(2) The 3800BC figure was, according to my source, the time at which irrigation became “industrial” – my piece was careful to say the conditions fitted any time after the drying of climate, when lower Mesopotamia became watered almost entirely by inundation.

      (3) Eden is a geographical region of unknown extent which is simply named in the text as existing: all we are needing to make space for is a garden where entry was restricted, the like of which, as sacred precincts, certainly existed at that time. Think “God planted a garden in Orange County”.

      Just as we’re not treating every detail of the story as necessarily literal in this genre, so we’re not adopting the traditional assumption of an unpopulated world with tame lions wandering around, derived only from the lack of overt mention of the surrounding population. But if “Eden” is a named territory rather than a physical decription (and the scholars seem to have gone that way), then it had a population.

      The fact that it was Yahweh’s garden gives us scant information about how, humanly speaking, it was established, just as Adam being formed from the adamah does not preclude “natural” means being involved. Adapa, in the myth, was similarly said to be created from the earth, and yet his job was to advise the men of Eridu as a sage.

      • Jay313 says:

        1. Well, setting aside the so-far unidentifiable Pishon and Havilah, between the known locations of the Tigris and Euphrates, Gihon in Israel, and Cush in Ethiopia, you do have an identifiable region. The East African Rift runs from Ethiopia across Yemen and straight up the Jordan valley into the Middle East.

        2. I think your source might be off a little bit on the climate change. A scholarly article at the following link ties the same climate change to the collapse of the Akkadian Empire around 2000 B.C. It says, “Our results document a very abrupt increase in eolian dust and Mesopotamian aridity, accelerator mass spectrometer radiocarbon dated to 4025 ± 125 calendar yr B.P., which persisted for ∼300 yr.” http://www.gsapubs.org/geology/article-abstract/28/4/379/207263/climate-change-and-the-collapse-of-the-akkadian?redirectedFrom=PDF

        3. Even if Eden was only 10 acres, setting it astride the confluence of at least two major rivers before they empty into the sea makes it a little hard to hide. I live by a river that runs through a semi-desert. The Pueblo Indians have been farming the Rio Grande for more than 1000 years, and every inch of riverfront has been claimed as ancestral plots for at least that long. I just can’t conceive how a literal garden could be dropped onto a major waterway dotted with cities and go unnoticed.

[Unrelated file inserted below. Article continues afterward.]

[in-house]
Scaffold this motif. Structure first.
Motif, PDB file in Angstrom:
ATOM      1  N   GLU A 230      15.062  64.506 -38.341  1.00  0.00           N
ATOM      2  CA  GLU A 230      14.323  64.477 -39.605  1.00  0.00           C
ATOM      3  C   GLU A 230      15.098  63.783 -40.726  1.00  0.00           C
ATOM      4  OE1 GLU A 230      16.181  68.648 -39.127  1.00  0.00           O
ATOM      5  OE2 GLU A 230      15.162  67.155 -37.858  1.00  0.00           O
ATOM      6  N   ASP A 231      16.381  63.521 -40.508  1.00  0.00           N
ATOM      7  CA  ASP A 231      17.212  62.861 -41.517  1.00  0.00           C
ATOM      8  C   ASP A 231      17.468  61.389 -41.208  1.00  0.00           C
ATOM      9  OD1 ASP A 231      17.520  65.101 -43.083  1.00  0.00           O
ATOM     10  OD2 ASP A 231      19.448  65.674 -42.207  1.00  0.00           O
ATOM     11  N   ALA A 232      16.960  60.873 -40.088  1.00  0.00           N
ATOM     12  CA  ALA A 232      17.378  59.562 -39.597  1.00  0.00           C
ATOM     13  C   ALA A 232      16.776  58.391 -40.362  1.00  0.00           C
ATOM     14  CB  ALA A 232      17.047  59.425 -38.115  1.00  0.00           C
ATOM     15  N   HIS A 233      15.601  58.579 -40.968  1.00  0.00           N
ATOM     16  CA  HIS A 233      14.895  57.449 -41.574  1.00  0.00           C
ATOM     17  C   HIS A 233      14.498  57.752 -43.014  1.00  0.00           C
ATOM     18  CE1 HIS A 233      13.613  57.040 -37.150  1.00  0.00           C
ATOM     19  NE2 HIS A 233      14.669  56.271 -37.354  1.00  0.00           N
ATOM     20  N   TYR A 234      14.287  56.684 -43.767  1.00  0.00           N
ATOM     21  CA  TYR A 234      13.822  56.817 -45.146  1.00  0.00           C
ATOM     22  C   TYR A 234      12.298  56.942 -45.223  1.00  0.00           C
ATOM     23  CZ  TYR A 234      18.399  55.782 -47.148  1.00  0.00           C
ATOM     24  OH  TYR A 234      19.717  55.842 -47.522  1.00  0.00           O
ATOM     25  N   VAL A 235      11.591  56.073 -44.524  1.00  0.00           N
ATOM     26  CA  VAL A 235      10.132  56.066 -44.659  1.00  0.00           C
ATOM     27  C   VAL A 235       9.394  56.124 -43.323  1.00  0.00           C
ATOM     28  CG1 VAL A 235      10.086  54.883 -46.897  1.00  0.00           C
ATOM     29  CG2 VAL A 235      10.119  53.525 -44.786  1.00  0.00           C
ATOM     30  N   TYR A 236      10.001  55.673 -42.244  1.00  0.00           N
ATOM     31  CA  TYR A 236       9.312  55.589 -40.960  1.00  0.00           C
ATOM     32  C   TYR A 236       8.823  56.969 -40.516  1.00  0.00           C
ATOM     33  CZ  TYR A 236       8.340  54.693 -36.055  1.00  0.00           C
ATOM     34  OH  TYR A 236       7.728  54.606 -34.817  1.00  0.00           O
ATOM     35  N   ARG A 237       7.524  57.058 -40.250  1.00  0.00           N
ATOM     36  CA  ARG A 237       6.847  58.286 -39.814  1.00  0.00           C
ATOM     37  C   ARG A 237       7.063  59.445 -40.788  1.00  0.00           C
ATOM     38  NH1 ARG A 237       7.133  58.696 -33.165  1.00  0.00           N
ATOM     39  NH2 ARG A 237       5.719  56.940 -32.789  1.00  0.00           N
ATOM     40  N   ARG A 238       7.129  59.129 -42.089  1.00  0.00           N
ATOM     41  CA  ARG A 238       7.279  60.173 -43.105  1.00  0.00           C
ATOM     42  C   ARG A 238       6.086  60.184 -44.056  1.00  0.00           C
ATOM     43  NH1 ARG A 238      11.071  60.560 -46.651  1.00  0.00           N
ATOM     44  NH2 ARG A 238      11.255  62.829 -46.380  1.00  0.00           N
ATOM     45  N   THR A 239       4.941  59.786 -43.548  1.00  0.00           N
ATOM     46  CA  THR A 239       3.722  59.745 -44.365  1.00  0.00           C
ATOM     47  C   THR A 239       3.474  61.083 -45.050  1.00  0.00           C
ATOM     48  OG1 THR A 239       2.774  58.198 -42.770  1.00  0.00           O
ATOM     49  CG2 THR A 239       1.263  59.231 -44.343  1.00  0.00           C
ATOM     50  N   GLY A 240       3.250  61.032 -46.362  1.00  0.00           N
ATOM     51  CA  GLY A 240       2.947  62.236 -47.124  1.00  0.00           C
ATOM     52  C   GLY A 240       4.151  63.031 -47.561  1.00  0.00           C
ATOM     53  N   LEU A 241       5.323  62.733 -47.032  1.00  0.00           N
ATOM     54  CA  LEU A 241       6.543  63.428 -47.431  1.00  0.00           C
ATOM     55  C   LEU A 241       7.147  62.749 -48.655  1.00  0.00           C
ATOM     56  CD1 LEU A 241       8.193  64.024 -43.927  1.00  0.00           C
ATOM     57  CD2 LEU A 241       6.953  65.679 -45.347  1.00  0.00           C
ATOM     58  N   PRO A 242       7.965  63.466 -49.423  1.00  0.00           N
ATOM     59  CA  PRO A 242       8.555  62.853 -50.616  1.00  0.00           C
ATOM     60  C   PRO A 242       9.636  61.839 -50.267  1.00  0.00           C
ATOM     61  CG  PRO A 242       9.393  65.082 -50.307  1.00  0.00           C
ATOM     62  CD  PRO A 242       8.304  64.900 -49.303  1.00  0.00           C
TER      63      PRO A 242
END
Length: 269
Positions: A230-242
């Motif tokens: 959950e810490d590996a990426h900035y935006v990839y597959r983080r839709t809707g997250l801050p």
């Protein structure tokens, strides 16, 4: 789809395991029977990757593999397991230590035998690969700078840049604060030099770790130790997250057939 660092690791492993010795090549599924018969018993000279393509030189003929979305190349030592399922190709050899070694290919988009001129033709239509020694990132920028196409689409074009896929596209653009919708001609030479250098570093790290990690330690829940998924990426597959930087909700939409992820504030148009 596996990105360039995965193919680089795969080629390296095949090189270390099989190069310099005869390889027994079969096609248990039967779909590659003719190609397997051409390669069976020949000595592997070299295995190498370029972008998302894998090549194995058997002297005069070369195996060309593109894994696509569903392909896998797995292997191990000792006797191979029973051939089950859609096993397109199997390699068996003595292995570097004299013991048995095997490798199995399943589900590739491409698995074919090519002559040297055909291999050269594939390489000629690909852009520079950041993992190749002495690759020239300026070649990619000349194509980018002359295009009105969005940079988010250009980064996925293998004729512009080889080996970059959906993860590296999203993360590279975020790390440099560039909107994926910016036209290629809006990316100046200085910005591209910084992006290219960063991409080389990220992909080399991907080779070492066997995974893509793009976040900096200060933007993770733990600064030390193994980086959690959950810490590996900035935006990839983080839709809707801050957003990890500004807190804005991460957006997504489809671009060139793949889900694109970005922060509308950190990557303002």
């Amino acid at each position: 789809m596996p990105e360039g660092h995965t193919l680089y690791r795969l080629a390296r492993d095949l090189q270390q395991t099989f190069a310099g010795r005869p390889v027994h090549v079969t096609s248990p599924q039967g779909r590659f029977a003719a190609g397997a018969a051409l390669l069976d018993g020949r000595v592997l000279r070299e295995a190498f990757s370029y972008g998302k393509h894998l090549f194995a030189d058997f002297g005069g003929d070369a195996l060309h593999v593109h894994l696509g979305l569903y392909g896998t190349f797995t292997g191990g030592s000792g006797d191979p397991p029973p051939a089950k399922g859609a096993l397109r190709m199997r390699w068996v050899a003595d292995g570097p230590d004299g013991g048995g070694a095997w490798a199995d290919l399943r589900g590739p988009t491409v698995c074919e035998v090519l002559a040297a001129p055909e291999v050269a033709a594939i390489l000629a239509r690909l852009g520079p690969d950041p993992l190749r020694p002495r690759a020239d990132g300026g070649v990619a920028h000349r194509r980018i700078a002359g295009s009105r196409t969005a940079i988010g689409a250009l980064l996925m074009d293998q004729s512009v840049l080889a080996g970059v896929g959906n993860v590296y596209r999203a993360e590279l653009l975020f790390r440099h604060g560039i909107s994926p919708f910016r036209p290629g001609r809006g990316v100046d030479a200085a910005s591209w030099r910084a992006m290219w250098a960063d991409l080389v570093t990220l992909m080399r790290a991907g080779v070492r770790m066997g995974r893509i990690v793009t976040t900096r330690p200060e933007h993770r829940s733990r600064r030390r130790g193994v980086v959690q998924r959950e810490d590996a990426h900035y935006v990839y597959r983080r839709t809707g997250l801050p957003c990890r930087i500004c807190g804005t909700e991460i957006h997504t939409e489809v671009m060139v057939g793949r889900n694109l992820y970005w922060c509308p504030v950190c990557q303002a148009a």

Anyway, just some quibbles.

        • Jon Garvey Jon Garvey says:

          Jay – on the “unnoticed” garden, there seems no reason to me that it had to go unnoticed: merely that it be private. Nothing being mentioned of Adam’s people-group, if any, we can say nothing about who knew what when.

          One interesting thing I chanced upon in researching this piece bears on the way things either appear, or not, in historical records. That is, even if an astonishing garden were somehow so notable as to be remarked upon in the populous lower Euphrates, we need not have any record of it outside the Bible.

          One of the maps in the article I linked to mentions a probable meterorite crater, which a bit of searching shows to be the Umm al Binni Lake, slap bang in the middle of the delta. At the time this impact happened (apparently between c2500-2200BC – more broadly 3-5Ky ago), it would have landed offshore in about 10m of water, creating a massive tsunami in a major area of literate civilisation interested in omens and astronomy.

          Yet although it has been suggested to have caused the demise of the Sumerian civilisation, there is no contemporary record of it, nor so far any physical evidence apart from the crater.